17. says

    “So now the question is: Is he ignorant or disingenuous?”

    He’s obviously just reaching. He needs to come up with a mechanism to get the pseudogene to work, so grabs RNA editing, the only thing that comes anywhere close. Then he makes all sorts of speculative assumptions in which RNA editing is vastly more powerful than current evidence suggests (so powerful it can replace missing exons, somehow “knowing” what their sequence should be).

    This is kind of par for the course, piling one wild speculation on top of another in order to get a bad hypothesis to work. The rest of us meanwhile go with the obvious hypothesis.

  18. alwayscurious says

    “So now the question is: Is he ignorant or disingenuous?”

    My vote is disingenuous. For example, Jonathan did manage to cite this article:

    http://biologos.org/blog/understanding-evolution-is-there-junk-in-your-genome-part-4

    The author explains in plain language how pseudogene inheritance supports the patterns we see in the inheritance of genes which both support evolution. Included are links to additional details of how certain kinds of pseudogenes may gain function, complete with mechanism, requirements and rarity. However, in the main text, the first paragraph mentioning GULOP places into a class of pseudogenes that CANNOT gain function. At the end of the post, the author complained about EXACTLY the tactic Jonathan turns to (months before Jonathan’s article I might add). I think Jonathan is practicing for Luskin’s job: hunting & pecking to find all those papers & websites from which to borrow so little; molding them carefully into a reasonable sounding article despite the glaring holes in the evidence; and this isn’t the first time he’s mangled this end of molecular biology & been corrected. Well, at least there is a testable hypothesis this time (which, while ridiculous, is at least falsifiable).

  19. sethmassine says

    One of my creationist friends has a very funny, kind of cute, little ‘argument’. It follows: “Seth, look at your hand. Now move it. Did you make your hand move?” Me: “Uhm, yeah….of course I did. Your point?” Him: “Your intelligent decision elicited an intelligent response.” Me: “Ooooh….right…”. I wish that I was joking….but alas, speaking as a former Fundamentalist, I can recall the formation process of those little ‘arguments. Requirement one: does it make since to me? Requirement two: Does it make sense to Gawd? If both points are satisfied, you have you razor.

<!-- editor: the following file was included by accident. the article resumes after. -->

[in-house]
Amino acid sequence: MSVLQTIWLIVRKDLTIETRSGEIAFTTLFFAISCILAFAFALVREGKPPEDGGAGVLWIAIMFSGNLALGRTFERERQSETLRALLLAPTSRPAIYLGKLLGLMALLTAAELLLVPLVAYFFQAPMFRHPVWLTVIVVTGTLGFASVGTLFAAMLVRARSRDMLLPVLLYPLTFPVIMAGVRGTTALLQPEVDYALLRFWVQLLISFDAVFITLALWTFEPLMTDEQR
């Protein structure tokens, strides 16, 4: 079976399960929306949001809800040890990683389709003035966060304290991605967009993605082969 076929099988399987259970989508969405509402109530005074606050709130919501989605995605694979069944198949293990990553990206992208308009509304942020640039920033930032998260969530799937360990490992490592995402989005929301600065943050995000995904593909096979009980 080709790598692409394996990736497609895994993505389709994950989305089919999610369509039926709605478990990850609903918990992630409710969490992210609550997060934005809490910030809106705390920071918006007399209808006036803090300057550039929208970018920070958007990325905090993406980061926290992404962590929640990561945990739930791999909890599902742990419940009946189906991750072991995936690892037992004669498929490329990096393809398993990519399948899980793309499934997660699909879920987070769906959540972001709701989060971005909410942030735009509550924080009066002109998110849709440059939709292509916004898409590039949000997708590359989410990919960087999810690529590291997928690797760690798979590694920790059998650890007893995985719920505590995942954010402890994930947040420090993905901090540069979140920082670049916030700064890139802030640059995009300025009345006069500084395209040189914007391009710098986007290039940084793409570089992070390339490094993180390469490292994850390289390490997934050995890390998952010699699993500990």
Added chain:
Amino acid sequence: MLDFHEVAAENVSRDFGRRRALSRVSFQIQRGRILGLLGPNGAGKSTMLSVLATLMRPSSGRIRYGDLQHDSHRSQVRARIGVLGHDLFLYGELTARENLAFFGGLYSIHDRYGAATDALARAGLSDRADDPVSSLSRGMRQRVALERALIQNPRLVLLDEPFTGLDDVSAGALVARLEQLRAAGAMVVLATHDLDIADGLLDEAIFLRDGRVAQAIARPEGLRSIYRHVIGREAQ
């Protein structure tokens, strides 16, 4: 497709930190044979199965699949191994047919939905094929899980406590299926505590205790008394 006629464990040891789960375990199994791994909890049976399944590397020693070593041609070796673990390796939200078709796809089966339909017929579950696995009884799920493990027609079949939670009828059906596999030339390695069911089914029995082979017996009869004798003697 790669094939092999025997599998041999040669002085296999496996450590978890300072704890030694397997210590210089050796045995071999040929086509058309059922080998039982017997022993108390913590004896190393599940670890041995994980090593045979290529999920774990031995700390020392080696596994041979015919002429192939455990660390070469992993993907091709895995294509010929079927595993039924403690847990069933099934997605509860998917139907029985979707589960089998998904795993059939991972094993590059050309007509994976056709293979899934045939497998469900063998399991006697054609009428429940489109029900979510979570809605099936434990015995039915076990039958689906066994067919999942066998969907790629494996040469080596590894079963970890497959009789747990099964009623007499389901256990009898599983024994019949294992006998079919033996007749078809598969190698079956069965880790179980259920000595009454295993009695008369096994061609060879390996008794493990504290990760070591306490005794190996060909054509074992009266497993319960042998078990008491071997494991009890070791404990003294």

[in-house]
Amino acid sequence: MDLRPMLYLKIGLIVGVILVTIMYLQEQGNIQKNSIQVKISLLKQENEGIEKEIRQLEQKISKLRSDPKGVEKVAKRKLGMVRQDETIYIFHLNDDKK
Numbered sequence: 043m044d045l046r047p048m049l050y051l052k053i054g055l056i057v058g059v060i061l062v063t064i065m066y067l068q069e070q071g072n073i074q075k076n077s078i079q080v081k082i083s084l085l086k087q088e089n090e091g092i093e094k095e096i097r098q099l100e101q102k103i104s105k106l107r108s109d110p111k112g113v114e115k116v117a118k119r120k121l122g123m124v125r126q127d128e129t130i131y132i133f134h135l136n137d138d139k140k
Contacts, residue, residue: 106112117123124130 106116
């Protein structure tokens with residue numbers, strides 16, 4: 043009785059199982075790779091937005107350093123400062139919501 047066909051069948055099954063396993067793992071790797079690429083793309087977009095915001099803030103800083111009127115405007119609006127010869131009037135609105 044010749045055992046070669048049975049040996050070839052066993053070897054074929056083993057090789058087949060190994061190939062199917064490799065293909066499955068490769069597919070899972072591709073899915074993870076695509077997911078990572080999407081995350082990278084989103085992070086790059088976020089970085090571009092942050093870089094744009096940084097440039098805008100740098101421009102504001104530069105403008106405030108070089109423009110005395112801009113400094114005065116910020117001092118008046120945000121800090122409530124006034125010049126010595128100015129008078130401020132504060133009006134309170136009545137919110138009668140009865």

20. says

    That’s the Paul Nelson argument. I once spent an evening in a bar with him, in which that was his crowning argument: oooh, look at your hand, you can move it under your intelligent control. Checkmate, atheist!

  21. Holms says

    Is he ignorant or disingenuous?

    In the case of religious apologists, I would suggest that it is always dishonesty.

  22. Nerd of Redhead, Dances OM Trolls says

    That’s the Paul Nelson argument. I once spent an evening in a bar with him, in which that was his crowning argument: oooh, look at your hand, you can move it under your intelligent control. Checkmate, atheist!

    Ah, yes, the typical housecat can move their claws with exquisite precision, scratching you as little or as hard as they want. From barely dent the skin to the death grip….Oh, that’s right, the housecat is a mere animal, while humans are made in the delusional image they carry of their deity….

  23. sethmassine says

    Well PZ, we have both encountered that mountain of ignorance. Considering we both reside in small communities, surrounded by the hyper religious, it doesn’t surprise me! What is a reasonable person to do? Go to blogs like this and vent, I guess…

  24. Thumper; immorally inferior Atheist mate says

    What’s the genetic equivalent of duct tape? That’ll fix ‘er right up.

  25. rnilsson says

    I’m with Larry here: Just apply a can (maybe two) of Pray Paint.
    After applying some knee- and elbowgrease.
    Make a couple motorbikes.

  26. cheesynougats says

    Isn’t the Paul Nelson argument that you have a paper in the works that shows you’re right, And you will produce it any day now. ..